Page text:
Chantel Moore's family plans healing ceremonies, will seek answers during N.B. trip
Family members of the B.C. Indigenous woman who was shot and killed by police are travelling to New Brunswick
Ten family members of a 26-year-old Indigenous woman who was fatally shot by police in Edmundston, N.B., are travelling across the country from British Columbia to offer support to her mother and daughter, relatives said Sunday.
Amy Charlie, who grew up with Chantel Moore, said in an interview from Tofino, B.C., that it will be important for the family to gather in the days to come.
"We grew up together. I think I need to say a final goodbye to her,'' said the 20-year-old cousin, adding that in Tla-o-qui-aht culture she is referred to as Moore's sister due to their close relationship.
She and her grandmother, Nora Martin, who will also be on the trip, say the family is also hoping to meet with investigators to find out more about what occurred.
Watch | Members of Chantel Moore's grief-stricken family arrive in New Brunswick:
Moore died Thursday when an officer with the Edmundston Police Force arrived at her home in response to a request to check on her well-being. The force has alleged the officer encountered a woman with a knife making threats.
Charlie and her grandmother say they are seeking more complete information from officials on what occurred.
"We all want answers,'' said Charlie. Martin is the sister of Moore's biological grandmother but says she is considered a grandmother in their Tla-o-qui-aht culture.
She has said in earlier interviews with The Canadian Press that her family has endured previous trauma at the hands of police, and she is calling for lasting change to break the pattern. More than 50 years ago, Martin's grandfather suffered a broken neck while in police custody, she said.
Another relative died 10 to 12 years ago while in police custody, she said. There was an investigation and recommendations were made, but Martin says little has changed.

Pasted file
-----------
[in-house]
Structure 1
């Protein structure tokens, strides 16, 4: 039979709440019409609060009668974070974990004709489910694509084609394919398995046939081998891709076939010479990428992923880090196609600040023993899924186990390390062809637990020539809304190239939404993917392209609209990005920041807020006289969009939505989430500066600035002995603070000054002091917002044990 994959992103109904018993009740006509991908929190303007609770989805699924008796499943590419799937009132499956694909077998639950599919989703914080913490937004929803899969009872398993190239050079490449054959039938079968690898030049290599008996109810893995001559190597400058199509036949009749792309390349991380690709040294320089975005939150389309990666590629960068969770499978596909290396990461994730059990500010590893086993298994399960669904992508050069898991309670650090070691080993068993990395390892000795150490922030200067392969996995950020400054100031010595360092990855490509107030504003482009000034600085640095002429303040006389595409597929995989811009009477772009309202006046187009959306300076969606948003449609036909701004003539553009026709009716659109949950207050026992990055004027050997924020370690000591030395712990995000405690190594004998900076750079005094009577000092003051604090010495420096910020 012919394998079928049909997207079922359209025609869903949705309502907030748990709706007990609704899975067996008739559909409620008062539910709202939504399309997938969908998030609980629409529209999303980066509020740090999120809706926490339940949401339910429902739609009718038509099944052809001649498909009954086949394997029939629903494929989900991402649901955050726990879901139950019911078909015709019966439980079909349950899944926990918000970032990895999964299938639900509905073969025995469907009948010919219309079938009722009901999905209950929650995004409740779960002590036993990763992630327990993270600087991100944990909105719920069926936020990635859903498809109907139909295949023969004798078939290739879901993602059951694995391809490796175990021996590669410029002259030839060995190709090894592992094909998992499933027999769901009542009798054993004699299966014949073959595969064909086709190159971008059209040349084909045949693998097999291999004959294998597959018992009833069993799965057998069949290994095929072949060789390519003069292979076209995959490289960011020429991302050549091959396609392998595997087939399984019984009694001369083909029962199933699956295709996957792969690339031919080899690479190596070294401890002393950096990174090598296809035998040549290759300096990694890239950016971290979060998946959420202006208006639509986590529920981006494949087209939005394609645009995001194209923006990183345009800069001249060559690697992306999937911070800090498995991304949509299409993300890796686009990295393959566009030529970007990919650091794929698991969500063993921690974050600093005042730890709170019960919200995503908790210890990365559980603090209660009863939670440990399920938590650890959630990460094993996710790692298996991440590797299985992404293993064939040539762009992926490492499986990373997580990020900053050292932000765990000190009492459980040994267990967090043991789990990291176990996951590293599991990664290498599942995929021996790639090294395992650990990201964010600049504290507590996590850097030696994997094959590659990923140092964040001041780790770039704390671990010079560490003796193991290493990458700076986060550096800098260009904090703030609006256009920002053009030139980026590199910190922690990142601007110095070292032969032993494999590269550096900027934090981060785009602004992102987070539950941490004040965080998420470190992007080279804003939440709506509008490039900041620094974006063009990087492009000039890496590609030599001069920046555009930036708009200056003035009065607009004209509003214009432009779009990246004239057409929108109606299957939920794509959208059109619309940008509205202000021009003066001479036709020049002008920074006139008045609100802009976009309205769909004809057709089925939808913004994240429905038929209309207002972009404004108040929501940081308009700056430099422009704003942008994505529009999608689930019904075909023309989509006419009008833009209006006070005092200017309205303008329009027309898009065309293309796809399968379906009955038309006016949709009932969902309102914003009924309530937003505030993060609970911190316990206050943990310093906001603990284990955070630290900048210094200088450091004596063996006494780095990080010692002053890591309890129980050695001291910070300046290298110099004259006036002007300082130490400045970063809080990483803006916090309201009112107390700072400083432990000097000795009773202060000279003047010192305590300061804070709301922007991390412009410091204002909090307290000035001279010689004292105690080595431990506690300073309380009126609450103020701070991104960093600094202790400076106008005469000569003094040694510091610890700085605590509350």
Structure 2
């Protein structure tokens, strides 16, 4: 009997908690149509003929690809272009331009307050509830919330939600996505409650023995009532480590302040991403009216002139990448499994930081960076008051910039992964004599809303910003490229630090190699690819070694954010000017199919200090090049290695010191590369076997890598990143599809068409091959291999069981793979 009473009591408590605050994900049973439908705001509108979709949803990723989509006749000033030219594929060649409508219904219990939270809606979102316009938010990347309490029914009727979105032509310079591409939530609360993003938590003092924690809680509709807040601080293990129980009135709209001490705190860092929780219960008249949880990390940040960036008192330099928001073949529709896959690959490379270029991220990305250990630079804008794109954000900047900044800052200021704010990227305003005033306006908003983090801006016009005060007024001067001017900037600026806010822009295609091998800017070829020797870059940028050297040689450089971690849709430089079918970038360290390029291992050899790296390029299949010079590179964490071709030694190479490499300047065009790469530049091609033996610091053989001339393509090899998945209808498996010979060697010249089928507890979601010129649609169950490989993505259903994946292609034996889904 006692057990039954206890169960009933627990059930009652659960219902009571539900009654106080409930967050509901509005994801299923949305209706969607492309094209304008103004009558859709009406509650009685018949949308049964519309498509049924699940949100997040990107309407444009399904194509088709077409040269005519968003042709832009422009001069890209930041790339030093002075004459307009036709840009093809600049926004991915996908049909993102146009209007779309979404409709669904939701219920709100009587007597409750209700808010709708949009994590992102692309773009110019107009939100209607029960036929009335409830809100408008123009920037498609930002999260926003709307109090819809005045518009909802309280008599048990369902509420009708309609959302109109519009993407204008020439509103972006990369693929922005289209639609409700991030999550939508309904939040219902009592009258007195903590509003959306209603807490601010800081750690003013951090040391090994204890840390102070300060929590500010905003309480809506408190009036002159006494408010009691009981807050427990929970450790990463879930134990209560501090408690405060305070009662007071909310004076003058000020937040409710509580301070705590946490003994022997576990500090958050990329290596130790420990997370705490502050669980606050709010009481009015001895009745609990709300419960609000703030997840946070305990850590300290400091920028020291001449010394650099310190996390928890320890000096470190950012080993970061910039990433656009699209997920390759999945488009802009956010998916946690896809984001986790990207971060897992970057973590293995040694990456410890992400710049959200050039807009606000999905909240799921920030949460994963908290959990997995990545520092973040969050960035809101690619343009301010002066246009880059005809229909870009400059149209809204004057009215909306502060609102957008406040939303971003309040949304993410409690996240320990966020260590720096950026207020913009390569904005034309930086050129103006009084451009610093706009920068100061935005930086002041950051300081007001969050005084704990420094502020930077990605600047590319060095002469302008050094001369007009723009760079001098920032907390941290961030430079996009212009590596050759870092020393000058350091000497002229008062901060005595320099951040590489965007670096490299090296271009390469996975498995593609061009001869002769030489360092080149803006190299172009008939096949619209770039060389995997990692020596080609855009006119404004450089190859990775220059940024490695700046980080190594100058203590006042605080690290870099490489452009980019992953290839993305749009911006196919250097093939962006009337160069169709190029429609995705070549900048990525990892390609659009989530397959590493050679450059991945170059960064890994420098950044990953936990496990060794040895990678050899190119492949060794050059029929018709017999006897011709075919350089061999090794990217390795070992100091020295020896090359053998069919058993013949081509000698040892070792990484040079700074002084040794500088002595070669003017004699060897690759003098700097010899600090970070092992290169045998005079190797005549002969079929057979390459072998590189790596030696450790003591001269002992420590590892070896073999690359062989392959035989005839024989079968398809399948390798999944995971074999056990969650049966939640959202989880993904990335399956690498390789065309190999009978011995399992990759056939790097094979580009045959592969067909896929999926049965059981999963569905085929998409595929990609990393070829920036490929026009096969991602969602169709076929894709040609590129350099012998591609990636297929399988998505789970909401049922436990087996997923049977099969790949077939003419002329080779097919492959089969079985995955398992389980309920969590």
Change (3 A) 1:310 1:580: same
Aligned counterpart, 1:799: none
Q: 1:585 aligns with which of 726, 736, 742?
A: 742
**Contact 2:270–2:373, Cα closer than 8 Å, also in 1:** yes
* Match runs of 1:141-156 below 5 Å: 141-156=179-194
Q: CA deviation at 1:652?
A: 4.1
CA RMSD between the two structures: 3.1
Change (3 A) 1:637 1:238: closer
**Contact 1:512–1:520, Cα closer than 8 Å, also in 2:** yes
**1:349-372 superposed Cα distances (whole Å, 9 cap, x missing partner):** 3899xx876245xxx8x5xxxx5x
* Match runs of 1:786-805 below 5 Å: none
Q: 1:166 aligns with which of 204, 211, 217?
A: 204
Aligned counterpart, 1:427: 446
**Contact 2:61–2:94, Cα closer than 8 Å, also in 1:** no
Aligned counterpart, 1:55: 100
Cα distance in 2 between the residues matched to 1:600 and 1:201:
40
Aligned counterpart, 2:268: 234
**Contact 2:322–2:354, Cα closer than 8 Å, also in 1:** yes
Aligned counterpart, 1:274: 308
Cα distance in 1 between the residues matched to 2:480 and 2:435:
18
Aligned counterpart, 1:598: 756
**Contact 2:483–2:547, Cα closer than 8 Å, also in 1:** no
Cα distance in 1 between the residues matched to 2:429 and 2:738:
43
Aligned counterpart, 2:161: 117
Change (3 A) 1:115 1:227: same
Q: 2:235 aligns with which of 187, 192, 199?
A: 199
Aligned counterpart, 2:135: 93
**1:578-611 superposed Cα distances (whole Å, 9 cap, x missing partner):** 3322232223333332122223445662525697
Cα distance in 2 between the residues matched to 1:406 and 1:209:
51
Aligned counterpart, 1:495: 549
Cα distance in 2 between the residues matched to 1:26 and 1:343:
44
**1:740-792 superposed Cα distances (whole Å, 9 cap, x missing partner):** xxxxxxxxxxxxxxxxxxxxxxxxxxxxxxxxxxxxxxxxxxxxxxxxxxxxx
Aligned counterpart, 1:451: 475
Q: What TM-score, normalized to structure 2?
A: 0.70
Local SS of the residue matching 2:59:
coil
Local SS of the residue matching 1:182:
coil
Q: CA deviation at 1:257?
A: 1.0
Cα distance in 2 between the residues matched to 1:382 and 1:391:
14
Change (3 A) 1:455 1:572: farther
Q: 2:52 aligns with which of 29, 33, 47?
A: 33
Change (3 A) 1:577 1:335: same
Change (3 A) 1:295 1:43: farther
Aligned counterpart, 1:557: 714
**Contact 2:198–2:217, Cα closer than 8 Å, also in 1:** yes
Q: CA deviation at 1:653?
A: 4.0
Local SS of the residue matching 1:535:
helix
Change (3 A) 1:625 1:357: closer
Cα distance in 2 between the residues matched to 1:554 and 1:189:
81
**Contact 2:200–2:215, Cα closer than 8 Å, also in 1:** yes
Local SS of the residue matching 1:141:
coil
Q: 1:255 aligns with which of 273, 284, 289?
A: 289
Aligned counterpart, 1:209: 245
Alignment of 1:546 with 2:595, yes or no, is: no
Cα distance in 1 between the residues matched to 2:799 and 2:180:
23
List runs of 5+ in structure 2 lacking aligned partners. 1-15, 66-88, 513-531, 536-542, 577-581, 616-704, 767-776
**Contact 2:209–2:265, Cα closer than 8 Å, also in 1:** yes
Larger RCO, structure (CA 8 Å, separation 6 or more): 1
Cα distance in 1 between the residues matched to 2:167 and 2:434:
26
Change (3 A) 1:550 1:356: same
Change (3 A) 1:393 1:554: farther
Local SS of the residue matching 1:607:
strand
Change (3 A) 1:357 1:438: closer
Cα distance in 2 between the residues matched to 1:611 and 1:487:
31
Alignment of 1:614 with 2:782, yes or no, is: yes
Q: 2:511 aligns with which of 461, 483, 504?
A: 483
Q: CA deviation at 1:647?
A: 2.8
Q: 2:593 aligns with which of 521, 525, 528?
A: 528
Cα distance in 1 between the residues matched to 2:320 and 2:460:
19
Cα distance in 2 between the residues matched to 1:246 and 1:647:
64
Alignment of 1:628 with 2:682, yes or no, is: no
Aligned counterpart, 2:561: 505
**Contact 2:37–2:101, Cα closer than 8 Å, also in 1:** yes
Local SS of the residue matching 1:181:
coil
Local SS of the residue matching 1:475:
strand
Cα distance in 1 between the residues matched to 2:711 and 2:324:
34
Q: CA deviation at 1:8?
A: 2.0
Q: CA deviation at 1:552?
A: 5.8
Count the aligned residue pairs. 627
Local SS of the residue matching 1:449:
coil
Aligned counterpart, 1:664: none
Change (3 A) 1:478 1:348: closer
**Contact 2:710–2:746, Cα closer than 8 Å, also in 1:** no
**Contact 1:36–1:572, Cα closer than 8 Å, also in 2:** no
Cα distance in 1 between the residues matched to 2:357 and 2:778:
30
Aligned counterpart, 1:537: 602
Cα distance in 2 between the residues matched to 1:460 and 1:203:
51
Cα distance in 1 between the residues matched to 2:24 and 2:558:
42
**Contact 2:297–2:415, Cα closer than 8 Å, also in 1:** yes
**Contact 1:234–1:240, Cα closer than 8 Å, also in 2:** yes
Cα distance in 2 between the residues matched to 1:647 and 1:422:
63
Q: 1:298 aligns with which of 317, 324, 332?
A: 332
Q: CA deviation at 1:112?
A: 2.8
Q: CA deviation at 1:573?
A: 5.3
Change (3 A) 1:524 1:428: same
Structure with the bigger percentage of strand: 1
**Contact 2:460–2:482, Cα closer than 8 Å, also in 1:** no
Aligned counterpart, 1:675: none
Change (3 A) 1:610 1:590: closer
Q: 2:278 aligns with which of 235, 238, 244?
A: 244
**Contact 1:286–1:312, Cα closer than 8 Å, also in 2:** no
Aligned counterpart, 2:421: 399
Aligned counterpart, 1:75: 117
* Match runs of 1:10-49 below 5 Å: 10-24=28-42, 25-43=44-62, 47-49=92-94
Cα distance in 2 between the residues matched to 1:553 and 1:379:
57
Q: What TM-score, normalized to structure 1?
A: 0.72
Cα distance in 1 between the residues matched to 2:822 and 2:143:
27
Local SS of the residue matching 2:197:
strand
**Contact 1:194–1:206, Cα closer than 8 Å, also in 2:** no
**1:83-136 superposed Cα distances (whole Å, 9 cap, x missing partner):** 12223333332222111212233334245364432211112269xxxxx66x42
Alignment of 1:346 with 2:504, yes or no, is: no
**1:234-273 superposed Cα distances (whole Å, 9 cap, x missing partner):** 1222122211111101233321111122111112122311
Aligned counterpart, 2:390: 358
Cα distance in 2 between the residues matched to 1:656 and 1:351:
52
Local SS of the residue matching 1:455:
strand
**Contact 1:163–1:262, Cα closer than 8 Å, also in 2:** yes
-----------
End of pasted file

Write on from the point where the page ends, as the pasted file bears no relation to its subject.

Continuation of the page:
She and her sister, Grace Frank, have said they doubt the police version of events as Moore was a petite woman who they say was not violent.
"We don't believe that Chantel attacked him. There's no way in the world she would attack anybody,'' said Martin. "She had no mental health issues.''
However, the primary focus of the journey will be to offer support to their sister — Moore's mother — and Moore's five-year-old daughter.
Martin said the family expects they will meet Maliseet First Nation leaders after they arrive in Fredericton on Monday morning. They are hoping to hold private, traditional ceremonies for Moore during a funeral and burial, once the coroner releases the body to the family.
"We can't really do anything until we hear from the coroner,'' the grandmother added.
Late last week, a coalition of Maliseet First Nations called for an independent probe of the New Brunswick justice system in light of Moore's death. The six chiefs in the Wolastoqey First Nation in New Brunswick issued a joint statement expressing their condolences to Tla-o-qui-aht First Nation in B.C. to which Moore belonged.
It is signed by the chiefs of communities along the Saint John River Valley, including Tobique, St. Mary's, Madawaska, Oromocto, Kingsclear and Woodstock First Nations.
Public Safety Minister Carl Urquhart said in an emailed statement that a probe has started through Quebec's independent police investigation agency, known as the Bureau des enquetes independantes, along with a New Brunswick coroner's investigation.
Relatives have said that Moore's mother, Martha, had been raising Chantel's daughter Gracie in New Brunswick, and Moore recently moved there to be with her mother and daughter and to go to college.
CBC has permission from Chantel Moore's family to use the photos included in this story.